Why the Internet Matters

By Masimba Biriwasha | Global Editor-At-Large | January 01, 2013 | @ChiefKMasimba

With an estimated 2 billion people now connected to the internet, and the number growing by 200 million each, the internet is changing everything from business, politics, education, communication to how we find love and everything else in between.

By 2016, there will be 3 billion Internet users globally – almost half of the world’s population, according to Boston Consulting Group, adding that the internet economy will reach $4,2 trillion in the G20 economies.

Fully capitalizing the potential of the internet is increasingly a must for individuals and governments around the world. The good news is the internet is still evolving with prospects for greater power and reach.

In two decades, the internet has changed the way we live, the way we work, the way we socialize and meet, and the way our countries development and grow, according to McKinsey & Company, a global research firm.

The medium has opened up new and unprecedented opportunities to the world, improving the instant exchange of ideas, facilitating communication and closing the gap between inspiration and action when it comes to launching things. It is also opening up access to information in a way never seen in human history, in the process, making the world flatter.

It’s global capability to connect anyone with anything is literally and figuratively redefining modern lives and livelihoods.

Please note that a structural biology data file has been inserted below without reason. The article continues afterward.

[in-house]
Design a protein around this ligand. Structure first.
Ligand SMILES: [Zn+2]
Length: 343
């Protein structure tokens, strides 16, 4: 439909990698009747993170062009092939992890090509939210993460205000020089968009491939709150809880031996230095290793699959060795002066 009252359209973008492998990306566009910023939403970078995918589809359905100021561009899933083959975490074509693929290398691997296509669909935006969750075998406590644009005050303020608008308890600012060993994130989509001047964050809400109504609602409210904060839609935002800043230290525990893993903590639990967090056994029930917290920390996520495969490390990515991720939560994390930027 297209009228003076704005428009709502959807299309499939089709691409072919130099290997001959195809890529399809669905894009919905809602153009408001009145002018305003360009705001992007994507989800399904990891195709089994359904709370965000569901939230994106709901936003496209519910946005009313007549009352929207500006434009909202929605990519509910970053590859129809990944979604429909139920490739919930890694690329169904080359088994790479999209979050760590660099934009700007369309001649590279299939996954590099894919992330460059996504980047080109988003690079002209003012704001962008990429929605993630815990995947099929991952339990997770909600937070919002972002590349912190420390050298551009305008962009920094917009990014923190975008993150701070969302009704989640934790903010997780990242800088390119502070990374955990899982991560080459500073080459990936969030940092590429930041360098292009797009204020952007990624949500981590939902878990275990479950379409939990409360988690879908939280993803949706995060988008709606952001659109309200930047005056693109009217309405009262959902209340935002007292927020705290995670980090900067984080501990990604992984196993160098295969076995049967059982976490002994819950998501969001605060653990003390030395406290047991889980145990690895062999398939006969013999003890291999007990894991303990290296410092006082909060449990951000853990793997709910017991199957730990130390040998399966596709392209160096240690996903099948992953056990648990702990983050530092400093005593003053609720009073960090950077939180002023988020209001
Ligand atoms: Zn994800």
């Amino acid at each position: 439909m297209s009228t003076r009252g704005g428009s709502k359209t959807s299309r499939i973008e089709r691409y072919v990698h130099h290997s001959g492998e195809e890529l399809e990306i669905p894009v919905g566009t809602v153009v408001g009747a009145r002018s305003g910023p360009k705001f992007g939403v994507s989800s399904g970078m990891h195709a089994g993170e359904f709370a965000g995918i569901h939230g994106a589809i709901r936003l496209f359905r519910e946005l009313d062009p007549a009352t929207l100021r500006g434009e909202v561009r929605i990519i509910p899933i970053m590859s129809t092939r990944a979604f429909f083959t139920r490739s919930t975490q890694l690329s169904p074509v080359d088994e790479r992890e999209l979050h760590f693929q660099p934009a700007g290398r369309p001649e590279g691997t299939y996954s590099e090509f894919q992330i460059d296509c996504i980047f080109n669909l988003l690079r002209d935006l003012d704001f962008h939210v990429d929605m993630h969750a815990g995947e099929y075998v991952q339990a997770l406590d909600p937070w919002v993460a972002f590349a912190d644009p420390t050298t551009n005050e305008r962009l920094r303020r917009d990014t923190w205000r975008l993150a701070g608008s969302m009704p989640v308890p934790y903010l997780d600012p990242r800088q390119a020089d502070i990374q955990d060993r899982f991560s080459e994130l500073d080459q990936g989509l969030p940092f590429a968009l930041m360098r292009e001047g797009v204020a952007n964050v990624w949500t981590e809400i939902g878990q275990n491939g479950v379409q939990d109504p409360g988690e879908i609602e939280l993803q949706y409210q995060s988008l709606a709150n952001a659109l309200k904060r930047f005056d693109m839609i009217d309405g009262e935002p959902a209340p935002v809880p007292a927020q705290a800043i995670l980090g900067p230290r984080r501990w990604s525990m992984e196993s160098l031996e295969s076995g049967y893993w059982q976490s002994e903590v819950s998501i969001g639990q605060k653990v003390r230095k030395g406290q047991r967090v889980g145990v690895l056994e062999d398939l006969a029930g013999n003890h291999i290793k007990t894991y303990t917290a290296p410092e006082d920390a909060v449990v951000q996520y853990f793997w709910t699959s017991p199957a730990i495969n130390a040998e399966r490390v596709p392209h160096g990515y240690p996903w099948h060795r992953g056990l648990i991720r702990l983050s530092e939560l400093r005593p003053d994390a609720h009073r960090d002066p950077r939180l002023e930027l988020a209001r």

It facilitates new ideas to show up that no-one would have ever thought of thereby giving birth to new products and services that have a potential to makes our lives easier and the world a better place. In a word, the internet is changing everything.

“The Internet embraces all of us: businesses, individuals, governments and entrepreneurs. The Web has made possible new models of business models and entrepreneurship but has also led to radical innovations for accessing, using, and delivering goods and services for everyone. It has transformed industries and governments through innovative approaches and changed how users engage the world,” states McKinsey and Company in a report titled, “Internet matters: The Net’s sweeping impact on growth, jobs and prosperity.”  

A study of 13 countries that account for 70 per cent of the global GDP revealed that the internet accounts for an average of 3.4 per cent of the GDP. In Africa alone, the upsurge in internet usage could add could add $300bn a year to the continent’s gross domestic product (GDP) by 2025, according to McKinsey and Company.